Gay Byrne has passed away at the age of 85.
Byrne, who retired from 'The Late Late Show' in 1999, had suffered health issues for the past number of years, most recently receiving treatment for prostate cancer. In a statement released by RTÉ, Director-General Dee Forbes said that Byrne was "an exceptional broadcaster whose unique and ground-breaking style contributed so much to the development of radio and television in this country."
"Gay’s journalistic legacy is as colossal as the man himself – he not only defined generations, but he deftly arbitrated the growth and development of a nation. Ireland grew up under Gay Byrne, and we will never see his like again. My deepest sympathies to Kathleen and his family."
Ryan Tubridy, in the same statement, said that Byrne "was the master, a once off and the likes of which we will never see again. I watched him as a child, worked alongside him as a young man and he guided me as I grew older and I will forever be indebted to him. We in RTÉ have lost a friend, a family have lost a father and a husband and the country has lost an icon. May he rest in peace."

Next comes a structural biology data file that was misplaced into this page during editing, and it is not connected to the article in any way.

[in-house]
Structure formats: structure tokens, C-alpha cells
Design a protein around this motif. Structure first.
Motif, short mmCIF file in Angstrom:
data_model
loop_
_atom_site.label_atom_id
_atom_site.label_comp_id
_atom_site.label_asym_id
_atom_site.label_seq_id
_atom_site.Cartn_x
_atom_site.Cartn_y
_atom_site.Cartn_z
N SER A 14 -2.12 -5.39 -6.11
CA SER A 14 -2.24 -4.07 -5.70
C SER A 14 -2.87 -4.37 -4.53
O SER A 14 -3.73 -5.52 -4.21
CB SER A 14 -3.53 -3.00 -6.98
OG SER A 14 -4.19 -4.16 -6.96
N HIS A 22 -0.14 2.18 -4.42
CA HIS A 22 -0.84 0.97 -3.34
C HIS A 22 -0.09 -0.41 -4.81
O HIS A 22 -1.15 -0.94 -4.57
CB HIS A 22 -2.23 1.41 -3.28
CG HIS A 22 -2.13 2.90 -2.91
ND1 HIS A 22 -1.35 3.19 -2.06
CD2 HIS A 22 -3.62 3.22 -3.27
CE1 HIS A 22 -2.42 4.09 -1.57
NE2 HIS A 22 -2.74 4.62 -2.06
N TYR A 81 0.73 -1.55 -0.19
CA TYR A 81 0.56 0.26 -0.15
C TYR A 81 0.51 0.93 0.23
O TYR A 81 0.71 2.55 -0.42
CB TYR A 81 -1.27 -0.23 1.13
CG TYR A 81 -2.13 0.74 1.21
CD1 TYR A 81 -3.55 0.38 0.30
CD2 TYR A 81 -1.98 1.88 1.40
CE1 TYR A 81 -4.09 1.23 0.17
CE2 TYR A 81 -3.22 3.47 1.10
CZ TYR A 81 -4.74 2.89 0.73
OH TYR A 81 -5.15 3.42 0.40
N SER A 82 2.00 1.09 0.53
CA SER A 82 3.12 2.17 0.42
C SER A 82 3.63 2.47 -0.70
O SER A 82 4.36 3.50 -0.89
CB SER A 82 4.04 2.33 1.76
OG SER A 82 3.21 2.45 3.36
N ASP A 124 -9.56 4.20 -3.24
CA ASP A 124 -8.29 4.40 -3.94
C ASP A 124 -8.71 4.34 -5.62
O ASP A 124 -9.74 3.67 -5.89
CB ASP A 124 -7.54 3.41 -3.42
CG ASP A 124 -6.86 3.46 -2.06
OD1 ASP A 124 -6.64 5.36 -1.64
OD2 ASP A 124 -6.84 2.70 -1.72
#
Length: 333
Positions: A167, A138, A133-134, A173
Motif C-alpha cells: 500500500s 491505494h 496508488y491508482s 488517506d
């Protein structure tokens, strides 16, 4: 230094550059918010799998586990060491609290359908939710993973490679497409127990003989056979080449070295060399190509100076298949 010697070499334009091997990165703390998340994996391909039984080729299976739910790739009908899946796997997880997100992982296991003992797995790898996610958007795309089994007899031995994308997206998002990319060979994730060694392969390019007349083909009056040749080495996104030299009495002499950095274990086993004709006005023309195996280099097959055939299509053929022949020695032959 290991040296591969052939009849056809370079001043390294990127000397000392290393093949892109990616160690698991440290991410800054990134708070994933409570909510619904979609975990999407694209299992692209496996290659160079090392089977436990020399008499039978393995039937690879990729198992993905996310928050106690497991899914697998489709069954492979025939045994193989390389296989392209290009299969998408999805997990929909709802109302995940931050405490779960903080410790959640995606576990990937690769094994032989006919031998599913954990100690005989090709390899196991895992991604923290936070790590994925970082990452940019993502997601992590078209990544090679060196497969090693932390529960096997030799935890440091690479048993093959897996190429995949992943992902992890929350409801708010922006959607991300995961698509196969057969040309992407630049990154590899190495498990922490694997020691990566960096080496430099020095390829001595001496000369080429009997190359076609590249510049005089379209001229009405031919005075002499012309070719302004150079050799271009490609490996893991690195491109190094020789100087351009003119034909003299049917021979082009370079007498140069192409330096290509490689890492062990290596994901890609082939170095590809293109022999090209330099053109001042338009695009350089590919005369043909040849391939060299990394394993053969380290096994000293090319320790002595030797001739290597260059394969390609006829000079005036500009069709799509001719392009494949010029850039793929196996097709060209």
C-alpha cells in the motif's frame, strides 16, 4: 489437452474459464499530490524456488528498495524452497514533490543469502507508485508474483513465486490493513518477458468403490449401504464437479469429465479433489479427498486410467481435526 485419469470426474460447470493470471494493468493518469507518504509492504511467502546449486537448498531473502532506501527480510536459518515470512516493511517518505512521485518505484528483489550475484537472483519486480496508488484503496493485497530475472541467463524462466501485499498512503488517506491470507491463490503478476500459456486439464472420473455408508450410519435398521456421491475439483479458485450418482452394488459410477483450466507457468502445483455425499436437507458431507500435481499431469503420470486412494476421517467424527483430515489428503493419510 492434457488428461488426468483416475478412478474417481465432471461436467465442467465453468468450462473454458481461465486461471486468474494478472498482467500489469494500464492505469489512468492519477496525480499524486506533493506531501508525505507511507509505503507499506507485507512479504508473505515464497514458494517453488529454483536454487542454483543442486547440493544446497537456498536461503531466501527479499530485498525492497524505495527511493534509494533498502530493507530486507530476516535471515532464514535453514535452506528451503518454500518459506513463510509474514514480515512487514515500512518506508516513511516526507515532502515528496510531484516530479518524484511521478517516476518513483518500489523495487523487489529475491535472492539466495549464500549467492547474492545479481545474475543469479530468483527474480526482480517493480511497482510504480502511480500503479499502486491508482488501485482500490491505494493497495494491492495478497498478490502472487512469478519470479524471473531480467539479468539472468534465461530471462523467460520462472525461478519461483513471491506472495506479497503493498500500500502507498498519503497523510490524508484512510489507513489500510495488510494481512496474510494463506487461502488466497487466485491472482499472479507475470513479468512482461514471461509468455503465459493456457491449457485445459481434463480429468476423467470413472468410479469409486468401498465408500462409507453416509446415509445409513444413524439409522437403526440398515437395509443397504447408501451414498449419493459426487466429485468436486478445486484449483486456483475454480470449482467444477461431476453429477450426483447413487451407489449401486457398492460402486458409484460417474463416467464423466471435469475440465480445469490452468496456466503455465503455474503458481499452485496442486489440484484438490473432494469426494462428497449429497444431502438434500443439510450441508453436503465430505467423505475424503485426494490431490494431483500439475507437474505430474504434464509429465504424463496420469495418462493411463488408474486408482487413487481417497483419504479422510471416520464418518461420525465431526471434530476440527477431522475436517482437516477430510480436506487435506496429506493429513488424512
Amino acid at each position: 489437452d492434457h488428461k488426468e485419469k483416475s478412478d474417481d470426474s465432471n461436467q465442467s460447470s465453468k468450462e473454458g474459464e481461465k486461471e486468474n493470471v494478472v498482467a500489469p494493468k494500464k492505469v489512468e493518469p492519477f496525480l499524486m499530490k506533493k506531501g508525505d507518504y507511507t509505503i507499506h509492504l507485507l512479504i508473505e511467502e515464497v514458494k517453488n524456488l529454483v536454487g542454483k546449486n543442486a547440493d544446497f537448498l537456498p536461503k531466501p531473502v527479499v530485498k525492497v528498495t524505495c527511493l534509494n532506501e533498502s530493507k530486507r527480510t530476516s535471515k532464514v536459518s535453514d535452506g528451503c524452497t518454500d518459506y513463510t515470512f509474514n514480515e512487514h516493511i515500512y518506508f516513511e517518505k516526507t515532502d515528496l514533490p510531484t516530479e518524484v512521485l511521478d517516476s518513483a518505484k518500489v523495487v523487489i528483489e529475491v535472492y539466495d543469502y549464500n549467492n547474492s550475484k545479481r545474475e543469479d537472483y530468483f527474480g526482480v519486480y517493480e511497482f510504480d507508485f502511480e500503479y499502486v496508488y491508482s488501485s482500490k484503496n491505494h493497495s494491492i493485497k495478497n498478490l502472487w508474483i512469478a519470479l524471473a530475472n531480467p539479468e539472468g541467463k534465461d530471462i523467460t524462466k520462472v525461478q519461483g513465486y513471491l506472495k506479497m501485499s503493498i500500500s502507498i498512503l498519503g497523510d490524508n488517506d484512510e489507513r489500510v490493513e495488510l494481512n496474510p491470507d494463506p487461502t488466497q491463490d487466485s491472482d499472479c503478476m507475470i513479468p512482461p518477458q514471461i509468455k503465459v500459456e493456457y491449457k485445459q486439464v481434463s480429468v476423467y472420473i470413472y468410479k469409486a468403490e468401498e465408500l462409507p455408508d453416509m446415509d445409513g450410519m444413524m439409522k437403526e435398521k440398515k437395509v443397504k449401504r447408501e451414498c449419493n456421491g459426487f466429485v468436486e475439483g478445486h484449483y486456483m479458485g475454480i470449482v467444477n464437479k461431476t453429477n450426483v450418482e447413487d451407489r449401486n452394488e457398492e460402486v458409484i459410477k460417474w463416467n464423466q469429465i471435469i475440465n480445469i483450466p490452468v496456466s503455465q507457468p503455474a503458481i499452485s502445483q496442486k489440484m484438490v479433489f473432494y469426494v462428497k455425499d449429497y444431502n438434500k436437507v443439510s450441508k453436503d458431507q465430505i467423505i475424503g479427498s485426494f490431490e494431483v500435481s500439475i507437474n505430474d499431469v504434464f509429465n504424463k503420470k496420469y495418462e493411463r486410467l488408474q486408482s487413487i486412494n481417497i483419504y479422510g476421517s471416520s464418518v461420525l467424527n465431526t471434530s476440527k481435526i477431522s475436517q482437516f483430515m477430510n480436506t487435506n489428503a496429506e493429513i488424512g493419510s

As well as serving as the Chairman of the Road Safety Authority following his retirement from 'The Late Late Show', Gay Byrne - or Uncle Gaybo as he was often referred to - hosted several radio programmes on RTE Lyric FM, as well as hosting one-off TV shows such as 'The Meaning of Life', which featured a now-infamous interview with Stephen Fry.
Byrne's achievements and legacy in Irish broadcasting can't be overstated. His impact on Irish life, by discussing taboo issues at a time when Ireland was socially and religious conservative, is still being felt to this day. Many believe that Gay Byrne was responsible for changing social attitudes in Ireland more than any one single person, and it's hard to argue with that.
Byrne is survived by his Kathleen Watkins, two children Suzy and Crona, and his grandchildren.